Boris Johnson threatens to sack MPs who vote to block no-deal Brexit

Boris Johnson is threatening to sack rebel Tory MPs who vote to block a no-deal Brexit, it has been claimed.

The prime minister aims to ban Remain MPs within his party from standing at the next general election if they make moves to prevent Britain leaving the EU without a deal.

According to The Sun, a vote in the House of Commons next week will be seen as a no-confidence vote by the PM, with rebel Tories disqualified from contesting their seats if they take part.

Ministers supporting the PM have called a cross-party alliance of MPs seeking to prevent a no-deal Brexit as ‘deceitful and underhand’.

Tory heavyweight Philip Hammond said barring MPs from standing in a snap general election would be ‘staggeringly hypocritical’.


In his first newspaper interview since becoming Prime Minister in July, Mr Johnson told the Sunday Times: ‘I just say to everybody in the country, including everyone in parliament, the fundamental choice is this: are you going to side with Jeremy Corbyn and those who want to cancel the referendum?

‘Are you going to side with those who want to scrub the democratic verdict of the people – and plunge this country into chaos.’

A Commons clash is expected on Tuesday when opponents of no-deal look set to try and seize control of the parliamentary agenda to push through legislation that would force a delay to the Brexit deadline 31 October.

Leader of the Commons Jacob Rees-Mogg strongly attacked such an action, writing in the Mail on Sunday: ‘They dare not use the confidence procedures because they know that Jeremy Corbyn is too unpopular, and therefore they seek deceitful ends by underhand means.’

Ex-chancellor Mr Hammond tweeted in response to the news MPs could be stopped from contesting their seats: ‘If true, this would be staggeringly hypocritical: 8 members of the current cabinet have defied the party whip this year.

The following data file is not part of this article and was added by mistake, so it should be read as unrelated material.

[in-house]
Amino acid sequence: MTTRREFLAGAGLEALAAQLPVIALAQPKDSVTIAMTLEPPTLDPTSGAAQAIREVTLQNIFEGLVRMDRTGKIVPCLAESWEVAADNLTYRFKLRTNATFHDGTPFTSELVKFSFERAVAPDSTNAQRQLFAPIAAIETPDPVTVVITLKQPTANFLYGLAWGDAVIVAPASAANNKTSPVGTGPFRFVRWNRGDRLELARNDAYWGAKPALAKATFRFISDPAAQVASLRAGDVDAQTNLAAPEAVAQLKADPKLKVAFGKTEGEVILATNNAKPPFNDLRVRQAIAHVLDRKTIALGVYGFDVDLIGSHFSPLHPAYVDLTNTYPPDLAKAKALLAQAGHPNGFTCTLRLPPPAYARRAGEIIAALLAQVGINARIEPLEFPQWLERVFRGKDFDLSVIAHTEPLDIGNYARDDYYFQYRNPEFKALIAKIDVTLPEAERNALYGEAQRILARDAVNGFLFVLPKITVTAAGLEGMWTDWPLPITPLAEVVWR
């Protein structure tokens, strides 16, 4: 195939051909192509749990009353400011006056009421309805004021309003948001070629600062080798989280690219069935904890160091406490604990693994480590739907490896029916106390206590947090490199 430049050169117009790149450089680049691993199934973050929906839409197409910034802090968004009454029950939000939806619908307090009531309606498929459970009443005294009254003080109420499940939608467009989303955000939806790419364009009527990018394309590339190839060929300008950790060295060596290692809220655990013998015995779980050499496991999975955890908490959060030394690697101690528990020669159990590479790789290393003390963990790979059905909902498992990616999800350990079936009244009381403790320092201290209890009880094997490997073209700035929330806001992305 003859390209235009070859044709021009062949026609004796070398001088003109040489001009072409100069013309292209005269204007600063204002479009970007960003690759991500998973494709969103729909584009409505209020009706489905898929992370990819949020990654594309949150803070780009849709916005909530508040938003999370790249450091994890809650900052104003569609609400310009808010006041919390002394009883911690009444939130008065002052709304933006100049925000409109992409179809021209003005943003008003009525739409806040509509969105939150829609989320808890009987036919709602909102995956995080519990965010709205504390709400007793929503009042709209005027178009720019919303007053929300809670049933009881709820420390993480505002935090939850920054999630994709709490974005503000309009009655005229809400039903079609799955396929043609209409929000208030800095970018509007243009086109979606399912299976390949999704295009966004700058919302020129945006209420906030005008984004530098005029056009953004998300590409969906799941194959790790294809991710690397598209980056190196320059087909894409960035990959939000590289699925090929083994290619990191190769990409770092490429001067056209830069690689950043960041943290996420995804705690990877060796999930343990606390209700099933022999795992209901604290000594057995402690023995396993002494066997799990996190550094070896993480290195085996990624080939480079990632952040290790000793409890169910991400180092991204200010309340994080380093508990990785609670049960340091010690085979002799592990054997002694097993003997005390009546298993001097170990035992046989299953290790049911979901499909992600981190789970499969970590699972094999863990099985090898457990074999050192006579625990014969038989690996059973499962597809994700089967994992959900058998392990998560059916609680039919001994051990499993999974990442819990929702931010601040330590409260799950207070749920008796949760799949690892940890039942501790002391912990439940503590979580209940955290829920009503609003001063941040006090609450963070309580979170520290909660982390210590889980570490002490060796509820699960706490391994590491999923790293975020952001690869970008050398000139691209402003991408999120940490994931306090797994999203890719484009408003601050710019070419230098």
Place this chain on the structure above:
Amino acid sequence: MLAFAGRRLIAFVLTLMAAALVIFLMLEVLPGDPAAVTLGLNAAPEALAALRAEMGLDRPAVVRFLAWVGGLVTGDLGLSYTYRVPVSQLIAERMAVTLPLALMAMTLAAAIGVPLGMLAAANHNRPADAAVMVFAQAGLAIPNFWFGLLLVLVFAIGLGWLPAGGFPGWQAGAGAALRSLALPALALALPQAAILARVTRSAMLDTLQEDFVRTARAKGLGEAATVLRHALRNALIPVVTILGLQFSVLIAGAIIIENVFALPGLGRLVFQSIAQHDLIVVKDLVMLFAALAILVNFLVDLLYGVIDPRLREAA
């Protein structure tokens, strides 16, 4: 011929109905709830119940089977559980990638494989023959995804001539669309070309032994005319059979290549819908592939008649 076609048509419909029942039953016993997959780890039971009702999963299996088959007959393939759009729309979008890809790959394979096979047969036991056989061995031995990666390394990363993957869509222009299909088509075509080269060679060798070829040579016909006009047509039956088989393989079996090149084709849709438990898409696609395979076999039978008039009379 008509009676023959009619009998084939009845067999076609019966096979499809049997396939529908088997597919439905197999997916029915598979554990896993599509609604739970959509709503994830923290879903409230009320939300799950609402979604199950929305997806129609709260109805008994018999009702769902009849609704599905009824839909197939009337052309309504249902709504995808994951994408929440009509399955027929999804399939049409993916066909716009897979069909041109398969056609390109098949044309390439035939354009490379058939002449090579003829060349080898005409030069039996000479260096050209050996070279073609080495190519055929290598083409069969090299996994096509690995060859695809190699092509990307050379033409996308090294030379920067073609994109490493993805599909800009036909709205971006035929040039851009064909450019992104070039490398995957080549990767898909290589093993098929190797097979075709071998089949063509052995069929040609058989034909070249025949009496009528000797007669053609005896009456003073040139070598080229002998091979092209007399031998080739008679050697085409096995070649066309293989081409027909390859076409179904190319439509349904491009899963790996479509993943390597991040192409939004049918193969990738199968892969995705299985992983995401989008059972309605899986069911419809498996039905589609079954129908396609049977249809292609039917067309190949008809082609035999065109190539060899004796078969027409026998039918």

‘I want to honour our 2017 manifesto which promised a “smooth and orderly” exit and a “deep and special partnership” with the EU.

‘Not an undemocratic No Deal.’

A Government spokesperson said: ‘All options for party management are under consideration, but first and foremost the PM hopes MPs will deliver on the referendum result and back him on Parliament.’

Some 20 Tory former ministers are considering standing at the next election as independent Conservatives rather than back a no-deal option, the Sunday Times said.

The news came as the EU’s lead Brexit negotiator rejected the PM’s demands for the Irish backstop to be scrapped.

Michel Barnier said the backstop included in the current withdrawal agreement created by Theresa May was the ‘maximum flexibility’ the EU could offer.

The backstop is intended to avoid a hard border between Ireland – which will remain in the EU – and Northern Ireland – which will leave the EU along with the rest of the UK on October 31.

If implemented, it would see Northern Ireland staying aligned to some rules of the EU single market, should the UK and the EU not agree a trade deal after Brexit.

Mr Johnson has previously told the EU the arrangement must be ditched if a no-deal Brexit was to be avoided – citing it as the reason Mrs May’s deal has been rejected by parliament three times.

Writing in the Sunday Telegraph, Mr Barnier said: ‘On the EU side, we had intense discussions with EU member states on the need to guarantee the integrity of the EU’s single market, while keeping that border fully open.

‘In this sense, the backstop is the maximum amount of flexibility that the EU can offer to a non-member state.’

He also said he was ‘not optimistic’ about avoiding a no-deal Brexit, but ‘we should all continue to work with determination’.

Tens of thousands of protesters demonstrated against Mr Johnson’s plans to suspend Parliament for up to five weeks in a move to prevent MPs from blocking no-deal.

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